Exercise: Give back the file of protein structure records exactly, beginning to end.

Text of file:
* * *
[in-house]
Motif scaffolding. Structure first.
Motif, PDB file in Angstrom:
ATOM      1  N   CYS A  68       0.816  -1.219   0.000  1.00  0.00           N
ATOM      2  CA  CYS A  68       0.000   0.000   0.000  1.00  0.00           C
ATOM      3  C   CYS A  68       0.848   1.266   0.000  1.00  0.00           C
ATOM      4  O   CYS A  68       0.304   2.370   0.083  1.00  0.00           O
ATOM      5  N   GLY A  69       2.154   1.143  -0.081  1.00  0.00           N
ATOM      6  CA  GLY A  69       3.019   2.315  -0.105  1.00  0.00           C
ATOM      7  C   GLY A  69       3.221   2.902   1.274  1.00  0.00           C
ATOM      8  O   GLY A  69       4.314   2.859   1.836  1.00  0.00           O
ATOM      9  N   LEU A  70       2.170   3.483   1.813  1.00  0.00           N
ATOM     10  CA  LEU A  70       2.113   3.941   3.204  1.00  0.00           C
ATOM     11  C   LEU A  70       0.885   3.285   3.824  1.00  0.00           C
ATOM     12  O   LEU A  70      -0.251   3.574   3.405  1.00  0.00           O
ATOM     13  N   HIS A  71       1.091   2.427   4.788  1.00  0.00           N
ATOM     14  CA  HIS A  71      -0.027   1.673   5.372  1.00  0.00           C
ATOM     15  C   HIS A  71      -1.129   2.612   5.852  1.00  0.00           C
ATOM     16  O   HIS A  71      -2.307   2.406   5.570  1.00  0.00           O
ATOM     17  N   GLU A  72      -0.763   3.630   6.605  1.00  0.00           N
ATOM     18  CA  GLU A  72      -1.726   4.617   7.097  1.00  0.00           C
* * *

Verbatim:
[in-house]
Motif scaffolding. Structure first.
Motif, PDB file in Angstrom:
ATOM      1  N   CYS A  68       0.816  -1.219   0.000  1.00  0.00           N
ATOM      2  CA  CYS A  68       0.000   0.000   0.000  1.00  0.00           C
ATOM      3  C   CYS A  68       0.848   1.266   0.000  1.00  0.00           C
ATOM      4  O   CYS A  68       0.304   2.370   0.083  1.00  0.00           O
ATOM      5  N   GLY A  69       2.154   1.143  -0.081  1.00  0.00           N
ATOM      6  CA  GLY A  69       3.019   2.315  -0.105  1.00  0.00           C
ATOM      7  C   GLY A  69       3.221   2.902   1.274  1.00  0.00           C
ATOM      8  O   GLY A  69       4.314   2.859   1.836  1.00  0.00           O
ATOM      9  N   LEU A  70       2.170   3.483   1.813  1.00  0.00           N
ATOM     10  CA  LEU A  70       2.113   3.941   3.204  1.00  0.00           C
ATOM     11  C   LEU A  70       0.885   3.285   3.824  1.00  0.00           C
ATOM     12  O   LEU A  70      -0.251   3.574   3.405  1.00  0.00           O
ATOM     13  N   HIS A  71       1.091   2.427   4.788  1.00  0.00           N
ATOM     14  CA  HIS A  71      -0.027   1.673   5.372  1.00  0.00           C
ATOM     15  C   HIS A  71      -1.129   2.612   5.852  1.00  0.00           C
ATOM     16  O   HIS A  71      -2.307   2.406   5.570  1.00  0.00           O
ATOM     17  N   GLU A  72      -0.763   3.630   6.605  1.00  0.00           N
ATOM     18  CA  GLU A  72      -1.726   4.617   7.097  1.00  0.00           C